University of Limerick
Alberto_2015_rheological.pdf (2.78 MB)

Rheological behaviour of Na-CMC and Na-alginate as binders for lithium ion batteries

Download (2.78 MB)
posted on 2022-10-12, 11:31 authored by Alberto Garcia
Lithium ion batteries are the current technology of choice for electric vehicles due to their light weight, high volumetric and gravimetric energy density, low selfdischarge rate, quick charge acceptance, excellent cycle life and wide operating temperature range. However the current manufacturing process requires the use of polyvinylidene fluoride (PVDF), in order to bind the anode components within the electrode which prevents the recycling of the electrode materials. Furthermore PVDF necessitate the application of N-methyl-2-pyrrolidone (NMP), an environmentally toxic material as a solvent during the manufacturing. The aim of this research was to investigate the suitability of using water soluble Na-alginate as an alternative binder for the anodes of lithium ion batteries to reduce the environmental impact from current manufacturing processes and to allow recycling of the active anode components. The main function of the binder is the improvement of the mechanical strength and the adhesion of the electrode on the current collector. The properties of the binder which are most important during manufacturing are the rheological characteristics of the slurries comprising binder and active materials. This was the focus of this investigation. The viscosity of Na-alginate suspensions at 1% or 1.5% loading in water were typically 1 to 8 Pa·s which are similar to PVDF suspensions with loadings of 2.5 to 3.0%. Comparing to the benchmark Na-CMC, the degree of flocculation shows that for the same concentration of binder in water, Na-alginate suspensions are more stable, Na-alginate has a degree of flocculation of 1.17 while for Na-CMC it was 1.90. The rheology measurements show that Na-alginate slurries have a higher viscosity than Na-CMC at a shear rate of 50 s-1 with that for a 1.5% of Na-alginate binder being 1.26 Pa·s while for Na-CMC it was for 0.20 Pa·s. The loss factor was lower for Na-alginate, between 2 and 3 against between 2.9 and 3.3 for Na-CMC, showing a more developed network structure. The casting and drying process, demonstrated that while 1.5% Na-CMC in water wasn´t sufficiently viscous to cast the slurries it was possible to do it with Naalginate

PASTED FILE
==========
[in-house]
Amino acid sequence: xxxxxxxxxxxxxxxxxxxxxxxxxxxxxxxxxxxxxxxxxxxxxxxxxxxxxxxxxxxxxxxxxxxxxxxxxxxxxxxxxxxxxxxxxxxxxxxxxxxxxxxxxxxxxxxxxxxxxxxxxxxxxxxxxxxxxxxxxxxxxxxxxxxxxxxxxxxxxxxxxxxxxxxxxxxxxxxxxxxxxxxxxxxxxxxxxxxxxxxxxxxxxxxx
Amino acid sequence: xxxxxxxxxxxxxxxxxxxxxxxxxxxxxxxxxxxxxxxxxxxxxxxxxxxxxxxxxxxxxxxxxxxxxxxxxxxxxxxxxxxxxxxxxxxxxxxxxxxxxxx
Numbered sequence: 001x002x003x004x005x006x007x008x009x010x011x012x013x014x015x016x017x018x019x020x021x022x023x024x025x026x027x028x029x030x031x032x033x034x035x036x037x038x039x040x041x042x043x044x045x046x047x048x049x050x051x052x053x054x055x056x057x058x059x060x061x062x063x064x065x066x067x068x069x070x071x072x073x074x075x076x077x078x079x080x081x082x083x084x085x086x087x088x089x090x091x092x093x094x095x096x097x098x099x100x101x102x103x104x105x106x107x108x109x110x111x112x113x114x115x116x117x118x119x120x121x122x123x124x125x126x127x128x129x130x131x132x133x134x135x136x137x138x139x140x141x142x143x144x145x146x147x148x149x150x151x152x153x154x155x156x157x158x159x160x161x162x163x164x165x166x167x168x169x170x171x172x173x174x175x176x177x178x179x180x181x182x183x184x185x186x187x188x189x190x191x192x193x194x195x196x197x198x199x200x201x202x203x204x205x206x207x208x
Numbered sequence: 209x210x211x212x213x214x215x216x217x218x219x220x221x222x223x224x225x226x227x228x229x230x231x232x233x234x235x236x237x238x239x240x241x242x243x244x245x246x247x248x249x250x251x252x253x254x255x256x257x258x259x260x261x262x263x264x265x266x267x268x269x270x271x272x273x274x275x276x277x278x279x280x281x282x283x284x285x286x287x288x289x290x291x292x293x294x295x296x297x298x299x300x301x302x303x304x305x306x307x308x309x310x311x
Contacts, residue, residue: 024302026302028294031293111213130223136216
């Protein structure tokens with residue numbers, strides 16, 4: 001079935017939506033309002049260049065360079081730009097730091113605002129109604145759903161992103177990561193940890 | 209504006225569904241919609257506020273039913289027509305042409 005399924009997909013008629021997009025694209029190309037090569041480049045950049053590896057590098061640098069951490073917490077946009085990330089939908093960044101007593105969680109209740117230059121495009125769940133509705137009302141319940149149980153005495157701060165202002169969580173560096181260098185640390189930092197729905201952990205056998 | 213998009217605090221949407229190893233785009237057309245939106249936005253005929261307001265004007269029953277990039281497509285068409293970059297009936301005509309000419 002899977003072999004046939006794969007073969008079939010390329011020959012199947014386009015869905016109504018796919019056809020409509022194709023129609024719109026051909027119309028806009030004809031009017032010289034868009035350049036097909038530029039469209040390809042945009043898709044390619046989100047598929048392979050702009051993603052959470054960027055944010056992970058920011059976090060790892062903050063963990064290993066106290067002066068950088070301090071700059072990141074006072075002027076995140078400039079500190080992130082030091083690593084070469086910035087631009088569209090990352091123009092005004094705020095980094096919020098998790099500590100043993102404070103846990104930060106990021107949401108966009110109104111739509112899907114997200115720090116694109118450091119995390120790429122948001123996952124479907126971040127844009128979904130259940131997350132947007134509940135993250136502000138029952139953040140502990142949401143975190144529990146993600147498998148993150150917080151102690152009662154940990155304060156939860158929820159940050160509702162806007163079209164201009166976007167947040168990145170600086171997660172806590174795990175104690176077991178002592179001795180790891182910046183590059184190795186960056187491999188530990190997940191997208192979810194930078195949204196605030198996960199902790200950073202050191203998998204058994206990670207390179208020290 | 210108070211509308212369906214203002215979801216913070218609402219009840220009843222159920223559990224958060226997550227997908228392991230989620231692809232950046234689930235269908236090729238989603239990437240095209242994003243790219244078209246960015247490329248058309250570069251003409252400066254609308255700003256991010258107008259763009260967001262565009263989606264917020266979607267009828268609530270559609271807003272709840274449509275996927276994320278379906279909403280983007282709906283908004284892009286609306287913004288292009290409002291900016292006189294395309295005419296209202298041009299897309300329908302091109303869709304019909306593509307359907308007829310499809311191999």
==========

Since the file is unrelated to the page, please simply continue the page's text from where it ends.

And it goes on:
• Master (Research)

First supervisor

Collins, Maurice N.

Second supervisor

Leahy, James J.





Department or School

  • Chemical Sciences

Usage metrics

    University of Limerick Theses


    No categories selected